Walker Percy is renowned for fiction that couples a thoughtful intellectualism with an abiding morality. Percy was born in Birmingham, Alabama, but as a teenager, following his father's suicide and the death of his mother in an automobile accident two years later, he and his two brothers went to live with their cousin William Alexander Percy in Greenville, Mississippi. There Percy found intellectual stimulation in the company of his cousin and his scholarly guests. He also began a lifelong friendship with Shelby Foote, who would likewise turn to writing. In 1934 Percy enrolled in the University of North Carolina, studying chemistry, and entered medical school at the Columbia College of Physicians and Surgeons. In 1942, while working as a pathologist in New York, he contracted tuberculosis at the age of 26. Confined to a sanitarium for three years, Percy delved into literary and philosophical reading that he'd had no time for during his medical training. Taking a particular interest in existentialism, Percy made this period of intense, sustained reading the foundation for all his writings to follow. His most famous work was also his first, a novel, The Moviegoer (1961), which won the 1962 National Book Award. Percy lived much of the rest of his life in Louisiana, where he died of cancer on May 10, 1990.

On being a Southern writer:
"I think that for 100 years Southern literature, before and after the Civil War, as not particularly distinguished. It was ingrown; it was either romantic or it was defensive. It was trying to defend slavery as an institution and, later trying to defend segregation. Then along about 1920, I think the cultures began to merge and you had a kind of spark jumping so that you had people like Faulkner coming on who began to write about their region but in such universal terms, neither romantically nor defensively, that made itself understood to people from other parts of the country ... My novels attempt to be an exploration of what it is to be a man living in a particular time in a particular place. I am trying to explore what it is to be human ..."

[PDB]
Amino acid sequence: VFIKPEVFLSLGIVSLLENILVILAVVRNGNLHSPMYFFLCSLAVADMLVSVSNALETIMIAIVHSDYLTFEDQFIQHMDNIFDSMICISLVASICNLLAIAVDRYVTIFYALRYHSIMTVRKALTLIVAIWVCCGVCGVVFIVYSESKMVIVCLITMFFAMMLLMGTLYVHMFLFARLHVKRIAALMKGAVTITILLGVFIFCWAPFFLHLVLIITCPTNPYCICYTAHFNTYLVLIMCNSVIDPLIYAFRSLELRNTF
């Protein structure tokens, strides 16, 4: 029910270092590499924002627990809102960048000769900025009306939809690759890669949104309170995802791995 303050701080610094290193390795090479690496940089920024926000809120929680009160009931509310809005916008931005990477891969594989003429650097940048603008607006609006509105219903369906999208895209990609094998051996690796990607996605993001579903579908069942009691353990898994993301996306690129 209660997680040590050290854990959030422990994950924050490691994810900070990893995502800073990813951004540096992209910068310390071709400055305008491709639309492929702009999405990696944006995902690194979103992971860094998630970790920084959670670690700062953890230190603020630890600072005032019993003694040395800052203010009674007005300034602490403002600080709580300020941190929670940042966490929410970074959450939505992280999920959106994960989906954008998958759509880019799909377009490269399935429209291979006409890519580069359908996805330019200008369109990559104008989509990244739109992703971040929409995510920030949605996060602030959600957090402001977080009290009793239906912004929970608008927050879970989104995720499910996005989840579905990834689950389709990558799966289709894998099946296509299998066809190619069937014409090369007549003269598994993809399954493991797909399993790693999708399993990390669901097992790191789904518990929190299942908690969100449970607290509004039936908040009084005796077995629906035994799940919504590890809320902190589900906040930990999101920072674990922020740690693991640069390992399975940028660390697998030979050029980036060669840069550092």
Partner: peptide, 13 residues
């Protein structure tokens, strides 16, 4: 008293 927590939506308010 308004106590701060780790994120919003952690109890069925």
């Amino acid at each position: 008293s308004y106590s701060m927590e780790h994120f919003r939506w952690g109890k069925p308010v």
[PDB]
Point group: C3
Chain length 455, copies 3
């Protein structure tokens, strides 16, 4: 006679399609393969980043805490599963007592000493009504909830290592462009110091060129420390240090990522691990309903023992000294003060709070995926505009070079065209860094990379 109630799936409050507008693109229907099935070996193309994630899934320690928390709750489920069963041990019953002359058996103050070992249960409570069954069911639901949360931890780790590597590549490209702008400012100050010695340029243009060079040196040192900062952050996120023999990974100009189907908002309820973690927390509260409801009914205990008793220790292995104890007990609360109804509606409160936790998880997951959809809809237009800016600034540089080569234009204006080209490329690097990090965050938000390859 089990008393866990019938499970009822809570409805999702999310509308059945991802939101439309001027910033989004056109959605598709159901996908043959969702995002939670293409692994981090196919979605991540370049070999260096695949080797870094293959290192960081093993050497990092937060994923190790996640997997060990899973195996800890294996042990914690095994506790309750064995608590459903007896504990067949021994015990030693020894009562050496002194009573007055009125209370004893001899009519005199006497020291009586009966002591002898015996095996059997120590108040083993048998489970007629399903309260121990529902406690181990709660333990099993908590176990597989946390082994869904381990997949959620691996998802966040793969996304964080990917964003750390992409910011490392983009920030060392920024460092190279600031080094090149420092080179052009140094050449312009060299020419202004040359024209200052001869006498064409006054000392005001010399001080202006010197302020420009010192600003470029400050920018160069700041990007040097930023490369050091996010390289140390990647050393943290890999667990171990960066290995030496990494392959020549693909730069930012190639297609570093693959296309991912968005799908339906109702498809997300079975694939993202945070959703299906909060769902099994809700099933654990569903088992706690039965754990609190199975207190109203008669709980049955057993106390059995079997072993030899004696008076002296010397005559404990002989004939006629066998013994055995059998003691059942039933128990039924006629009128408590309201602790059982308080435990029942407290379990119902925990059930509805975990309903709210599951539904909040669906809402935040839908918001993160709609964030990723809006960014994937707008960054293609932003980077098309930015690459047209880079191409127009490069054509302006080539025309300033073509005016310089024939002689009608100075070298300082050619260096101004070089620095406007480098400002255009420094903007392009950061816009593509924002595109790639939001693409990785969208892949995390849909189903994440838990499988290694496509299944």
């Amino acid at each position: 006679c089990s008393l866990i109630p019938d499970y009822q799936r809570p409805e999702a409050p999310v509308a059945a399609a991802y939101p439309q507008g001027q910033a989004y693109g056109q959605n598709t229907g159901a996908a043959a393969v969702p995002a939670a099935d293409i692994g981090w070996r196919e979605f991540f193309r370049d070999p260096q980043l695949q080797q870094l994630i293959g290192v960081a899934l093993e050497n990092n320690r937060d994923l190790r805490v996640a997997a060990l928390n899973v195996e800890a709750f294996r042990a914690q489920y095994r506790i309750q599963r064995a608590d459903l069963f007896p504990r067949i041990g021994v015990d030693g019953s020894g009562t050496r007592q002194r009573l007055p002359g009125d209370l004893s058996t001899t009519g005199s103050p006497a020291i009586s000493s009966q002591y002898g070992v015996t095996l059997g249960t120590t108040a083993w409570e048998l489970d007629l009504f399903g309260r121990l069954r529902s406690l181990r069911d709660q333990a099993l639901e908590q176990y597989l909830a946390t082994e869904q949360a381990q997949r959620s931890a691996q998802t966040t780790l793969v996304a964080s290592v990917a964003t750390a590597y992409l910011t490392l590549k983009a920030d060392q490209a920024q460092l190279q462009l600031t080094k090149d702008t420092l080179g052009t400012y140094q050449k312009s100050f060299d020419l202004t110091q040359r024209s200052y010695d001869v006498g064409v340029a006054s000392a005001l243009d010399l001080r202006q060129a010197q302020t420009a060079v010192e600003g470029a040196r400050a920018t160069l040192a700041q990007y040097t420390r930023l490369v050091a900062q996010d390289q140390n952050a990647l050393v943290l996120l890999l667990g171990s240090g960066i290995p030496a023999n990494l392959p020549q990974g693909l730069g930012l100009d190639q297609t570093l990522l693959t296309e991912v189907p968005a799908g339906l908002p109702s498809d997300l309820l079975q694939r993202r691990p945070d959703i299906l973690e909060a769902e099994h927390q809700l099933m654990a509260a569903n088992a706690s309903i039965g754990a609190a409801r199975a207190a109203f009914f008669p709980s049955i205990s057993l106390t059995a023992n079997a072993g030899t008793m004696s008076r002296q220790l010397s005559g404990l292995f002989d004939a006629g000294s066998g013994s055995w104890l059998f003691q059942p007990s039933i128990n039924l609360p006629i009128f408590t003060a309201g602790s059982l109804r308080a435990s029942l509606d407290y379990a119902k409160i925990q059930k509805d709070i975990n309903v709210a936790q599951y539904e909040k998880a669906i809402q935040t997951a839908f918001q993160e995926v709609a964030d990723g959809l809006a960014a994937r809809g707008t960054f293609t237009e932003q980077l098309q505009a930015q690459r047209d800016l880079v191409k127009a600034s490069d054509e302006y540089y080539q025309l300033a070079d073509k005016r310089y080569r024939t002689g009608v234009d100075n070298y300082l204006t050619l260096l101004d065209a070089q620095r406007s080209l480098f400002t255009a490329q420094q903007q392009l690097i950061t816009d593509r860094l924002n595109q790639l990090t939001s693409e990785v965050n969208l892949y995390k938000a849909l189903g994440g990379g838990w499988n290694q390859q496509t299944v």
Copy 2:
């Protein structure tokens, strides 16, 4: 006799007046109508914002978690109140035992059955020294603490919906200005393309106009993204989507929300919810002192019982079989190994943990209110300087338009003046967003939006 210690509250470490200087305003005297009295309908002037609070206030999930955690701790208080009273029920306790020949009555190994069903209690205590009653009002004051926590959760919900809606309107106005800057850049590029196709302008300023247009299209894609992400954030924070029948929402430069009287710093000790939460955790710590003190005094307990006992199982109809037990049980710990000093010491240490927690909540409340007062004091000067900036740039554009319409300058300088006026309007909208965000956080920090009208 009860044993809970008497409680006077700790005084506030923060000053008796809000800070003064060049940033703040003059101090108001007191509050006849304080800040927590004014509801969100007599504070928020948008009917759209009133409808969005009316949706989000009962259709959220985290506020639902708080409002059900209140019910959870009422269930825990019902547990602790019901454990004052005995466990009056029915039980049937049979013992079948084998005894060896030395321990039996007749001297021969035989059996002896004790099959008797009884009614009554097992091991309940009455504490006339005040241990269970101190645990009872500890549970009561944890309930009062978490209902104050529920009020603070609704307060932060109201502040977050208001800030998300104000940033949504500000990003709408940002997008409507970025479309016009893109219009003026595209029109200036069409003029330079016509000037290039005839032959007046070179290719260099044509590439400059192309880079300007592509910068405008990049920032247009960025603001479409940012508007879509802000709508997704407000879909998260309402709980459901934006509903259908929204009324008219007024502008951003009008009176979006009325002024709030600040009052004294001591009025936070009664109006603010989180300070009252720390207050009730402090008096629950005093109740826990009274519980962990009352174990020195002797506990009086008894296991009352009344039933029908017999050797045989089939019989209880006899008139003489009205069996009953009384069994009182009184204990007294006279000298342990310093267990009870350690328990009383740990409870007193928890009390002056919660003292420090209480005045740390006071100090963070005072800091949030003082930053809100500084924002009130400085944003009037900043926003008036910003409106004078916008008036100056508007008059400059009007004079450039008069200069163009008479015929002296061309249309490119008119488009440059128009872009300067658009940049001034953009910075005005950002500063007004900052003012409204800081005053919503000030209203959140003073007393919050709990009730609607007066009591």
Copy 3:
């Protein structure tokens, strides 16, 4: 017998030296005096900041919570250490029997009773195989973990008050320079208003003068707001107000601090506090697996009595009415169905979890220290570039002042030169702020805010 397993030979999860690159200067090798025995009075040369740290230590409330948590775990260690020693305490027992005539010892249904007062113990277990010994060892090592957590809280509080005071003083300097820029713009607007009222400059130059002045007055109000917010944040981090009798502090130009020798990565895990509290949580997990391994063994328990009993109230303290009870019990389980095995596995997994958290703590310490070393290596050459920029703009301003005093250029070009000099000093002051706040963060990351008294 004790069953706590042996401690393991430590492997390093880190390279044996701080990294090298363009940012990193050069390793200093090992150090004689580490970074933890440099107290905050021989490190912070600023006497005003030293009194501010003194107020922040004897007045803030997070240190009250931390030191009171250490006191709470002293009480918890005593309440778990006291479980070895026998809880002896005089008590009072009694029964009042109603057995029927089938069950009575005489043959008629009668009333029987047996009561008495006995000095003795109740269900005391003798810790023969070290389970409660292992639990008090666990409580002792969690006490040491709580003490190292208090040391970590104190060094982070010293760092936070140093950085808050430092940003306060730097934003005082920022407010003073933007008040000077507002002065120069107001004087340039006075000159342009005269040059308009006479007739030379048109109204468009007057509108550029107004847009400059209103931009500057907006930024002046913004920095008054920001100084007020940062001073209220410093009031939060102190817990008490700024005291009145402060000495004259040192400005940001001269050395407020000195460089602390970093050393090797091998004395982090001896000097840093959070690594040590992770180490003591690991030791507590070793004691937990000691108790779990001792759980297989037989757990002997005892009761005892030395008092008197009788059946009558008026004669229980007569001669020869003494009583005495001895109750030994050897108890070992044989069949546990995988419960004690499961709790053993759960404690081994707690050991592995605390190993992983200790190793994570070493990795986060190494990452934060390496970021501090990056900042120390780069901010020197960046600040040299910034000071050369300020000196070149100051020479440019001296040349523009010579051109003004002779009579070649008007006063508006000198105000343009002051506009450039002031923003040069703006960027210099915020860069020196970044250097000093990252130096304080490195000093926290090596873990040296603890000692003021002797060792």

From "The Southern Imagination: An Interview with Eudora Welty and Walker Percy," by William F. Buckley Jr., in Conversations with Eudora Welty (Jackson, Mississippi: University Press of Mississippi, 1984).

An excerpt from The Last Gentleman (1966):
Down flew the Trav-L-Aire into the setting sun, down and out of the last of the ancient and impoverished South of red hills and Cardui signs and God-is-Love crosses. Down through humpy sugarloaves and loess cliffs sliced through like poundcake. Dead trees shrouded in kudzu vines reared up like old women down and out at last and onto the vast prodigal plain of the Delta stretching away misty and fecund into the October haze. The land hummed and simmered in its own richness.

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Margaret Walker

Born in Birmingham, Alabama, Margaret Walker read much poetry and philosophy as a young child and was writing daily by the time she reached adolescence. By the time she was 16, Walker was halfway through New Orleans College, where she met renowned poet Langston Hughes, who told her she should be educated in the North. Taking his advice, she went on to graduate from Northwestern University, and eventually earned both a master's and a Ph.D. in creative writing from the University of Iowa. For My People, winner of the Yale Series of Younger Poets in 1942, was Walker's first published book and the work for which she is best known. Her acclaimed novel, Jubilee (1966), recounts the collected memories of her maternal great grandmother, daughter of a white master and a black slave, and offers an unprecedented perspective from the view of enslaved people. Many scholars view the novel as the first African American response to Gone With the Wind. A longtime professor at Jackson State University in Jackson, Mississippi, Walker founded the Institute for the Study of the History, Life and Culture of Black People, which was renamed in her honor after her death from cancer on November 30, 1998, at the age of 83.

On being a Southern writer:
"The Southern writer, like all American writers, but perhaps with more intensity, deals largely with race. He or she cannot escape the ever present factor of race and the problems of race as they have frown out o the Southern society and affected all of America ... The subject of race has become theme and conflict and character development in Southern literature."